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Machining Hardened 17-4 Rings

Brett W

Aluminum
Joined
Jan 10, 2014
Location
Huntsville AL
I was ask to quote, (and pretty sure I am going to turn down) a job today. Part is a 2.25in ring .170 thick, with 16UN thread on the OD, 1.650 ID. This is some sort of retaining nut for inside a tube/bore/etc.

Customer ask for 17-4 heat treated to HR1025 and passivated. So I get to looking at the part and in my mind making this involves the following steps:

Rough machine each ring (20), leaving .050 or more material oversize.
Send out of heat treat
Receive Taco chips back and possibly surface grind flat both sides
Grind ID back to shape to use as a reference for OD threading and finishing operations
Then clamp in fixture and use Mill to thread mill threads into perimeter of said ring.

As I have been told HR1025 is about 40Rc? Being that it is stainless, it will be brutal on tooling if trying to finish machine threads in a single point fashion, assuming I could get it straight enough after heat treat to actually thread within tolerance.

Option 2 rough cut threads and have them finish ground?

Obviously I am out of my depth here on this project, but looking to learn at least the process, not necessarily to do the job.
 

TeachMePlease

Diamond
Joined
Feb 11, 2014
Location
FL
I think 1025 is only a little less machineable than 17-4 H900.... If I could only cut one material for the rest of my life, it'd probably be 17-4 H900. It's 38-45 HRC, but doesn't machine like it. Quality carbide tooling has no problem with it. I dunno about the thickness though, never done anything that large/thin out of H900...
 

Booze Daily

Titanium
Joined
Sep 18, 2015
Location
Ohio
I’ve machined lots of 17-4 that got heat treated by the customer. Parts were made to print with no post HT machining required.
 

plastikdreams

Diamond
Joined
May 31, 2011
Location
upstate nj
17-4 pretty much doesn't move after heat treating. I've made many net parts then heat treated with flatness and parallelism unaffected.
 

mhajicek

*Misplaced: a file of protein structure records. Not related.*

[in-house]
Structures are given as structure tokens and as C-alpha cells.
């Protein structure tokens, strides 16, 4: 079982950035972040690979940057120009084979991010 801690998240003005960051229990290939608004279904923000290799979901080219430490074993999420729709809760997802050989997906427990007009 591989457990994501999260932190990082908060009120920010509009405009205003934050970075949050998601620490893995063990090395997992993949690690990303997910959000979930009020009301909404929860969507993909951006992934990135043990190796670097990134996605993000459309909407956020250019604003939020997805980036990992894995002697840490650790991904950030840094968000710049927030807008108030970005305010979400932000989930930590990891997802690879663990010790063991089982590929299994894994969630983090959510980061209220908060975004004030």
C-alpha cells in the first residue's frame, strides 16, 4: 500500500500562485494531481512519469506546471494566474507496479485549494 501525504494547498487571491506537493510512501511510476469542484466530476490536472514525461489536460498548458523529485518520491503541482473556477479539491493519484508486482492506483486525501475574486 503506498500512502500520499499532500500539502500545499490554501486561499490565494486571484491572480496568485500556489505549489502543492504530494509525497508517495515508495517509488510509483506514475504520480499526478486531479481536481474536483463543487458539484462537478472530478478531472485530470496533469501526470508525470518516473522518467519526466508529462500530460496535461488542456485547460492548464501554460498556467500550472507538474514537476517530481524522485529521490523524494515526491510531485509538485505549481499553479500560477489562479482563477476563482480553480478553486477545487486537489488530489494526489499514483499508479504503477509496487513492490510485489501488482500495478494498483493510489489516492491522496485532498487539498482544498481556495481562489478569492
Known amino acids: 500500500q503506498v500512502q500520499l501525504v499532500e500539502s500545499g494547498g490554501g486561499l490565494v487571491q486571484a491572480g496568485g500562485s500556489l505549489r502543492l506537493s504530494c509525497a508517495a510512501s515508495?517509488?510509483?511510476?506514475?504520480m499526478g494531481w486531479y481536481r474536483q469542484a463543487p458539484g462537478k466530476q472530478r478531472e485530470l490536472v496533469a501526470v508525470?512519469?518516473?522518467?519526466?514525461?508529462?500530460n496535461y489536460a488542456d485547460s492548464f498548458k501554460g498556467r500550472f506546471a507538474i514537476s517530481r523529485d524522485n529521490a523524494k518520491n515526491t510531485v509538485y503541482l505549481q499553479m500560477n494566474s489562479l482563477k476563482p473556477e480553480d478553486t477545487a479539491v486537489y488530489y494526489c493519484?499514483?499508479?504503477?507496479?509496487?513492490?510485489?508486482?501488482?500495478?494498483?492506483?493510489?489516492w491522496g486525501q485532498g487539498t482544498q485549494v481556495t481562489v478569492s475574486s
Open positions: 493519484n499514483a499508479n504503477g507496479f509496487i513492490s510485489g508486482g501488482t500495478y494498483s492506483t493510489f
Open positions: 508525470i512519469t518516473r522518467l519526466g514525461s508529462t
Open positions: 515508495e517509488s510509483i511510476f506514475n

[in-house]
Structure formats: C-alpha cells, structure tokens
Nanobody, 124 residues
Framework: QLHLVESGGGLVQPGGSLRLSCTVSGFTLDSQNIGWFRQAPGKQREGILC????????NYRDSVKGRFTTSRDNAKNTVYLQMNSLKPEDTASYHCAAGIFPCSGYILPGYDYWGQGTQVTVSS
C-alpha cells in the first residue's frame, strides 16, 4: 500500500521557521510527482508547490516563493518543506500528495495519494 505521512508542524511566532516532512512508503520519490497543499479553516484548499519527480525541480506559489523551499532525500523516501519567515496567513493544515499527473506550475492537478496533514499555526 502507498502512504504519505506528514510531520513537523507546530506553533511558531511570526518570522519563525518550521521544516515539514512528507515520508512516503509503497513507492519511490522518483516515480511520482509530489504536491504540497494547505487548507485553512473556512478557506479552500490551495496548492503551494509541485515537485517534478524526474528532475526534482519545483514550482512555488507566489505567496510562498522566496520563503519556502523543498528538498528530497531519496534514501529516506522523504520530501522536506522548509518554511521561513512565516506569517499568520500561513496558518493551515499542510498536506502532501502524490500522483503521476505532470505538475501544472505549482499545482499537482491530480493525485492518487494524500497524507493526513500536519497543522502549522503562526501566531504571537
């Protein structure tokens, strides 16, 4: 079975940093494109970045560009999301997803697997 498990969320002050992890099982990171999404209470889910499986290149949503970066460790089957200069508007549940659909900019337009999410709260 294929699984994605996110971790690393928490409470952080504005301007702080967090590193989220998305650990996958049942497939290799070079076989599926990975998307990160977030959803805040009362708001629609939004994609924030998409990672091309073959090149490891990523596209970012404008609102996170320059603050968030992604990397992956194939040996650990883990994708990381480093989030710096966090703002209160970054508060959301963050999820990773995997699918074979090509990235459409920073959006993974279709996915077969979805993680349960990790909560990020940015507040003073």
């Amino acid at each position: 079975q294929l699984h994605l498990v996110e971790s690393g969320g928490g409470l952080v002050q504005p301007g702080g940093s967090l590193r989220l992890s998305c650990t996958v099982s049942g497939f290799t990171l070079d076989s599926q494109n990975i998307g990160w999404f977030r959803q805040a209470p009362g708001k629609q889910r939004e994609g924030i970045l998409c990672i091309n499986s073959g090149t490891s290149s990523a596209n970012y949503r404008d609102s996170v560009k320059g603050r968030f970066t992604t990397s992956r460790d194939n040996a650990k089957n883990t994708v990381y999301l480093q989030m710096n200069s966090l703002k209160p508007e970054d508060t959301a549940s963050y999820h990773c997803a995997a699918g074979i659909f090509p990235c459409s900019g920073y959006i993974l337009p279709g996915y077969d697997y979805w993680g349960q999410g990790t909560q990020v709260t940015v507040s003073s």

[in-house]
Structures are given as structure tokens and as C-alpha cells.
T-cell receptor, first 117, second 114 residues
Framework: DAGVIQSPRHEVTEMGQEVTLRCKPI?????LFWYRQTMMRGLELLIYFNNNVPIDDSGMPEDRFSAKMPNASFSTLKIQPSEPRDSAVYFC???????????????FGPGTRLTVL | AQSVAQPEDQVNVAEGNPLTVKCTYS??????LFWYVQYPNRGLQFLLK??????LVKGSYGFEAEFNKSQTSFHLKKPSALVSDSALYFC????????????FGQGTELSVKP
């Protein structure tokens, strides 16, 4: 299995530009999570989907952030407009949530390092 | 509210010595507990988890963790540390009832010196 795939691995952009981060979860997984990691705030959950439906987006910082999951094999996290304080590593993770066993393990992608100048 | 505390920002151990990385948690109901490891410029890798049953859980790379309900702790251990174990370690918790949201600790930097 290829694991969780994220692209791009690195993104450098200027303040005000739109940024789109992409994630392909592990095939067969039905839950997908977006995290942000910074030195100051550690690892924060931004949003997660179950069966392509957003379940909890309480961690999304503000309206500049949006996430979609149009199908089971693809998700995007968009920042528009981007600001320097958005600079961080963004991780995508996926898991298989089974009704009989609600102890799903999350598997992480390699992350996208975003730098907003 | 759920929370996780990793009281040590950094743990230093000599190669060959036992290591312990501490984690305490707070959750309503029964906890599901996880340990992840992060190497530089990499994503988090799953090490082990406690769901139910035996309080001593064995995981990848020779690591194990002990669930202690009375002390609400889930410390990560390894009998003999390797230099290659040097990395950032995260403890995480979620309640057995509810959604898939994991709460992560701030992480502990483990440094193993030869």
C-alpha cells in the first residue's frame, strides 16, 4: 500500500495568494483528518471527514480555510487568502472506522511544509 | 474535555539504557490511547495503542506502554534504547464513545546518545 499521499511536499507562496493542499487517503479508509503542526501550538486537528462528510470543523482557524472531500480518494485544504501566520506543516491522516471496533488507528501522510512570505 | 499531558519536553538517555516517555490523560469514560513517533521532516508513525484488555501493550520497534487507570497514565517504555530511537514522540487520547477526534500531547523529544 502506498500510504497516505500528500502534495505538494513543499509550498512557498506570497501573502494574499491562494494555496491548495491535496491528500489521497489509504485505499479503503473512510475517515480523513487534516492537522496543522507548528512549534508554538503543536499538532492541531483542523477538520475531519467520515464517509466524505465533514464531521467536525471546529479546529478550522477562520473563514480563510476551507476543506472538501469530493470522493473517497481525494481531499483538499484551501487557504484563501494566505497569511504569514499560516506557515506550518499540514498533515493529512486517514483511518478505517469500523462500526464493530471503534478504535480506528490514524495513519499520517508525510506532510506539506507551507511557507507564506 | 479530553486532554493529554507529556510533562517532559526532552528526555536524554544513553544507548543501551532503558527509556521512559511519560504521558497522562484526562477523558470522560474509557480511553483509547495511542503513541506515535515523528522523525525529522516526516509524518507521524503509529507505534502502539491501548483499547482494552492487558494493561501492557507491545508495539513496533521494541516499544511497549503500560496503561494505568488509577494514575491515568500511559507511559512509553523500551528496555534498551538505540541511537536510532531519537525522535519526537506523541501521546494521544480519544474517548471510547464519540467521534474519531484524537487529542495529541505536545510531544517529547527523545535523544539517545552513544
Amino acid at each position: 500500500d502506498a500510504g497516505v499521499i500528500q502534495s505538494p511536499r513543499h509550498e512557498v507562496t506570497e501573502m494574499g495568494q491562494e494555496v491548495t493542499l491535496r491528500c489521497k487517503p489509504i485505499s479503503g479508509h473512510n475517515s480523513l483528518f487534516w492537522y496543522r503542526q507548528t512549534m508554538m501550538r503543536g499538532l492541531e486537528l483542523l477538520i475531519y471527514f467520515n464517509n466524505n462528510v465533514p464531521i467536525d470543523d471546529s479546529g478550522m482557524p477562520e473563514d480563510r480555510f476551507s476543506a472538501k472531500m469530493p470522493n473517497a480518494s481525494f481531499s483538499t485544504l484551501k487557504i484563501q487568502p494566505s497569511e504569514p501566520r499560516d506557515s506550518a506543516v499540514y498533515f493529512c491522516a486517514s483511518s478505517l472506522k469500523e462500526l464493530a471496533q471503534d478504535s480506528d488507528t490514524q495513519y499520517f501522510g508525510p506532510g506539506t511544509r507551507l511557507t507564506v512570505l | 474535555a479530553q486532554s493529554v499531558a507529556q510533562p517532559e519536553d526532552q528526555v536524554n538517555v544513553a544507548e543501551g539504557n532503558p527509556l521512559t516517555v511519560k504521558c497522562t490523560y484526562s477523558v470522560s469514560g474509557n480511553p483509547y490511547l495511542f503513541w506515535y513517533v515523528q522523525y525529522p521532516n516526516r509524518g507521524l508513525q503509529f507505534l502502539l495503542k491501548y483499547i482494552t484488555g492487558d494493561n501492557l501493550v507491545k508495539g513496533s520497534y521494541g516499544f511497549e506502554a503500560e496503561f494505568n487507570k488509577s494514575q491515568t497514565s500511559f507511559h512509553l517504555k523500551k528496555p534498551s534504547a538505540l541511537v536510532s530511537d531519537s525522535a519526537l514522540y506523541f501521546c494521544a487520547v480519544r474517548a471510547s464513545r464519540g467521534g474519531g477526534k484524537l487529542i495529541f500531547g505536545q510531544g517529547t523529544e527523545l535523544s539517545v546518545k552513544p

Titanium
Joined
May 11, 2017
Location
Minneapolis, MN, USA
I prefer to machine 17-4 in the hard. Very stable, good tool life, good surface finish. It threadmills well too. Just order your material pre-hardened, cut the part, passivate, and ship it.
 
Joined
Apr 14, 2018
Location
Airstrip One, Oceania
17-4 pretty much doesn't move after heat treating. I've made many net parts then heat treated with flatness and parallelism unaffected.
I would probably either do them hard or rough, then finish hard ... 17-4 doesn't usually distort much but if this happens to be the one time it does, you're screwed.

As I get older I get to be more of a coward ... and the stuff machines fine hard, even threads. 40 is not that hard, for carbide.
 

Brett W

Aluminum
Joined
Jan 10, 2014
Location
Huntsville AL
Why would I need to passivate if it wasn't oxidized due to the heat treating process? I was under the impression passivation was to fix heat staining on parts?
 

Dave G.

Cast Iron
Joined
Mar 24, 2005
Location
Clev, OH
Why would I need to passivate if it wasn't oxidized due to the heat treating process? I was under the impression passivation was to fix heat staining on parts?

Passivation is to remove any surface iron contamination from machining and handling. A smear of iron on the surface can cause breakdown of the passive film and result in pitting.
 

MaxPrairie

Hot Rolled
Joined
Jul 9, 2015
17-4 machines really well in the 1150 1025 and 900 conditions. I think you would be kicking yourself next time you machine the material and see how crisp the chips are and the surface finish you get. Passivation takes away free iron on the surface. The part will be noticeably more shiny after the process. You could do op 1 and leave a couple on the backside to grind to final thickness. I would quote it if it were me. You could stack parts on the grinder to, it grinds pretty nice as well.
 

dian

Titanium
Joined
Feb 22, 2010
Location
ch
as ph 17-4 is martensitic it doenst workharden during machining like an austenitic type would.
 

Mtndew

Diamond
Joined
Jun 7, 2012
Location
Michigan
1)Saw the raw stock into 10" chunks
2)Send to HT
3)Part them off in your cnc lathe
4)Make big monies.
 
As said above, depending on the type products you make, 17-4 is a dream material. in pretty much any condition. Also magnetic, so easy to grind. Barely distorts in HT if at all, etc.

You should no-quote so someone with a big number on it can look like a hero. :)

Course OTOH it is definitely not 12L14.

smt
 

plastikdreams

Diamond
Joined
May 31, 2011
Location
upstate nj
as ph 17-4 is martensitic it doenst workharden during machining like an austenitic type would.

It's not the work hardening of the part per se but what happens is you get a worn tool which causes a built up edge and the material quickly clogs the flutes or cutting insert and boom goes the tool.
 








 
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